Like any other business, selling books is difficult. It is especially difficult for those who are doing it all by themselves without professional assistance. If you have a big-name publisher looking out for your interests, things would go much smoother for you and a lot of avenues would be opened. But not everyone gets the opportunity. Following are some commonly made mistakes by authors seeking to promote their books.
1. Not knowing the market
Treat writing and selling books like a business. If you were in any other business, you would know exactly what your competitors are doing, what the market trends are, and what would bring in profits. There is no excuse for not doing the same thing with your book. Keep yourself informed of what is in demand and what is not, and you will get ideas on how to promote your book and to whom.
2. Selling to everyone
There are very few books, if any, that would appeal to everyone. Some books have a wider appeal than others, but nothing is so generic that everyone will be buying and reading it. So marketing your book to everyone means you are using up resources in campaigns that will have no return on investment. Instead, identify your target audience and find out where they hang out, and accordingly tailor your marketing campaign. Marketing is all about knowing what to market to whom and how.
3. Not engaging the readers
Actors, sportspersons, authors, nothing is sacred and inaccessible any longer. With the internet in general and Twitter in particular, everyone is expected to stay connected in order to woo their fans. If you are new to the business, it is even more important. Engage your readers in various ways. If, as an indie author, you are not responding to your readers’ emails, contributing to their Facebook discussions on your page or group, or not taking the opportunity of building up relationships when they comment on your blog or website, you are making a huge mistake and leaving a huge opportunity to build long-term relationships.
You can be putting in a lot of effort into networking and marketing and still doing it wrong. Potential readers do not want to be spammed by authors, no matter how beloved. This especially applies to social media, where too many authors think that consistently posting the same promotional posts is going to get people to buy their books. It’s not! Even if you post fewer things, the content must be interesting and useful to potential customers. You can add a mention about your book in there somewhere to vet the reader’s interest. Even if you have thousands of followers, people will probably just ignore your spammy posts if they get no value from it. So concentrate on making your posts interesting. It’s hard work, but no one said marketing was easy!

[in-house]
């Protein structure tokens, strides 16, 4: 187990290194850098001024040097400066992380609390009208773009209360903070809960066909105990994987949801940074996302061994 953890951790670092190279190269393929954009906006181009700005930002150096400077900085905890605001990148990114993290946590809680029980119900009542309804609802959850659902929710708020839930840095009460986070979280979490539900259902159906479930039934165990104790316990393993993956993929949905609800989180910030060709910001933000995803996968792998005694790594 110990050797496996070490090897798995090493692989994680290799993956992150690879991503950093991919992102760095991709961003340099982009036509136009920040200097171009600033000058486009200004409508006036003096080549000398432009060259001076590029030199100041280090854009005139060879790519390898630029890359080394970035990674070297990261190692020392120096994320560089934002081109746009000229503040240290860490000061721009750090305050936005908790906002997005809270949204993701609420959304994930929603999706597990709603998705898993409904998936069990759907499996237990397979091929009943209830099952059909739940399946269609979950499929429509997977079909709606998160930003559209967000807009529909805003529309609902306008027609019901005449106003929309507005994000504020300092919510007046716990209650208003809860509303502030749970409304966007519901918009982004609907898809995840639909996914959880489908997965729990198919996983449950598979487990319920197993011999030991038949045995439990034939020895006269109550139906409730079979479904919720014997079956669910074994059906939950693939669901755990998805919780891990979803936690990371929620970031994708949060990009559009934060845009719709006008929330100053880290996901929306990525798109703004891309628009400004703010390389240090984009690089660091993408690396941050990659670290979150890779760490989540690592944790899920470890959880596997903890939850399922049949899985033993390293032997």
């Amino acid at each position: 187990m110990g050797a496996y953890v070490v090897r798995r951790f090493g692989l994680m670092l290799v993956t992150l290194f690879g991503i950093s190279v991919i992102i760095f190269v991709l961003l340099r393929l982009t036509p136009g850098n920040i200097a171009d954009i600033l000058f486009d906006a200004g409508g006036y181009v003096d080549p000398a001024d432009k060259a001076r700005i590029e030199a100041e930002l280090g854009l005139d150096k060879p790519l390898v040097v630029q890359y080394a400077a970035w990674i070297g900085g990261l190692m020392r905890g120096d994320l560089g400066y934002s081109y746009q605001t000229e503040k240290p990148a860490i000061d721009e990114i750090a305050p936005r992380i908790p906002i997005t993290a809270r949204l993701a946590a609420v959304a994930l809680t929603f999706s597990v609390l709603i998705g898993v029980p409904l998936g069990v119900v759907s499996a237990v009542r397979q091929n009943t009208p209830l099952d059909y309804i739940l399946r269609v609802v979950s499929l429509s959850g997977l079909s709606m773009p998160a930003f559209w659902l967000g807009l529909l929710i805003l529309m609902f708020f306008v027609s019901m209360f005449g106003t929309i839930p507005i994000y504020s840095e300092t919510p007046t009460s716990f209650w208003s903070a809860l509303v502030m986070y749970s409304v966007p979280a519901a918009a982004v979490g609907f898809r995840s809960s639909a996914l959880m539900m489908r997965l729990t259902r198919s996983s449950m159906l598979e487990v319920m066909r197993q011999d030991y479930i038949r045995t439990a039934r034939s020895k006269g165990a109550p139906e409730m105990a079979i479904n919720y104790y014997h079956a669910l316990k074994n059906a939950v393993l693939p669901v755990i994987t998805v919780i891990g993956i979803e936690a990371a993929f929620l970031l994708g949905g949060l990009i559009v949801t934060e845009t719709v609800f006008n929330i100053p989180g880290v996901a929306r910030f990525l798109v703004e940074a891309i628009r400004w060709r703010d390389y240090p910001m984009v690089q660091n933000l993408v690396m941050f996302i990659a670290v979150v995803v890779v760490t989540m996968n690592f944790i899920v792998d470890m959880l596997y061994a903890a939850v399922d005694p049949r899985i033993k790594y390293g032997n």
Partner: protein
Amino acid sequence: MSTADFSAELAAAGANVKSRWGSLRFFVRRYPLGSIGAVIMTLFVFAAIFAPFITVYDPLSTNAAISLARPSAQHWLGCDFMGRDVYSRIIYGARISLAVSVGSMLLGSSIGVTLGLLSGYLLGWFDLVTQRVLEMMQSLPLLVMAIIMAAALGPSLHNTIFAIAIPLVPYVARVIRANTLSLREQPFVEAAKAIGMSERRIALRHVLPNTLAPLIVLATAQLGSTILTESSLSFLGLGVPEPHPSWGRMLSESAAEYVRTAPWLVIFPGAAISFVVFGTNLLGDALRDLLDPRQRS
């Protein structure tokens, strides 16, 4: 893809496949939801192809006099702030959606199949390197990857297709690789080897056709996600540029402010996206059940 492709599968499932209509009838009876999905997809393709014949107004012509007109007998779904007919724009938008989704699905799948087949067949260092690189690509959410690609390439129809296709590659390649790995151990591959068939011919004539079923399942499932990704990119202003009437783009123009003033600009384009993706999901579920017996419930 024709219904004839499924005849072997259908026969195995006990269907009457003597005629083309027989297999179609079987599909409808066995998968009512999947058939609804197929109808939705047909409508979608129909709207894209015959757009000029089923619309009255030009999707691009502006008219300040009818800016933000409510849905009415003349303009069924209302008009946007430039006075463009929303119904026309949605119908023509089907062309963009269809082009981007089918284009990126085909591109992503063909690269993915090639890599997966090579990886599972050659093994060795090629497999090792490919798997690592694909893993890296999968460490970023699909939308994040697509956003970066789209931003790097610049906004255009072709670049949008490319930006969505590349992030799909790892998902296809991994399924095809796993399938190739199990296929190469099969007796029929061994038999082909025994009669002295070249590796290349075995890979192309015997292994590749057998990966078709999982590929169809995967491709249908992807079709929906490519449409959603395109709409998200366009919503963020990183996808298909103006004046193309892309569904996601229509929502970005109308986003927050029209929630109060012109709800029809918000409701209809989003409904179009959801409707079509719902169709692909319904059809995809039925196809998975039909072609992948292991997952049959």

5. False reviews
Too many authors think that consistent five star reviews on Amazon and Goodreads will boost their sales. If you are one of the authors getting your family and friends to post reviews on your book, please understand that it is futile. Readers are not stupid and they understand that glowing reviews by a handful of people means just one thing – false marketing. Nobody believes those reviews and you will lose a lot of potential customers. Instead, ask your readers on your website or blog to leave a critical review. And please don’t reply to those reviews even just to thank the reviewers. And definitely do not tell reviewers who aren’t fully impressed with your book that they did not understand it or try to defend your work. Stay out of it. A few three star reviews will do wonders for your sales, because those reviewers are more likely to give a detailed and truthful analysis of your book.
Image credit: Harsh Agrawal on flickr and reproduced under Creative Commons 2.0[author] [author_image timthumb=’on’]https://writingtipsoasis.com/wp-content/uploads/2015/02/IMG_20141217_101736441.jpg[/author_image] [author_info]Kavitha is a freelance content writer and French translator, and has been working in this field since 2008. She has degrees in computer applications and international business and has a background in business and international trade. She enjoys learning languages and is currently learning Japanese. Her interests vary from books and writing to travelling and history.[/author_info] [/author]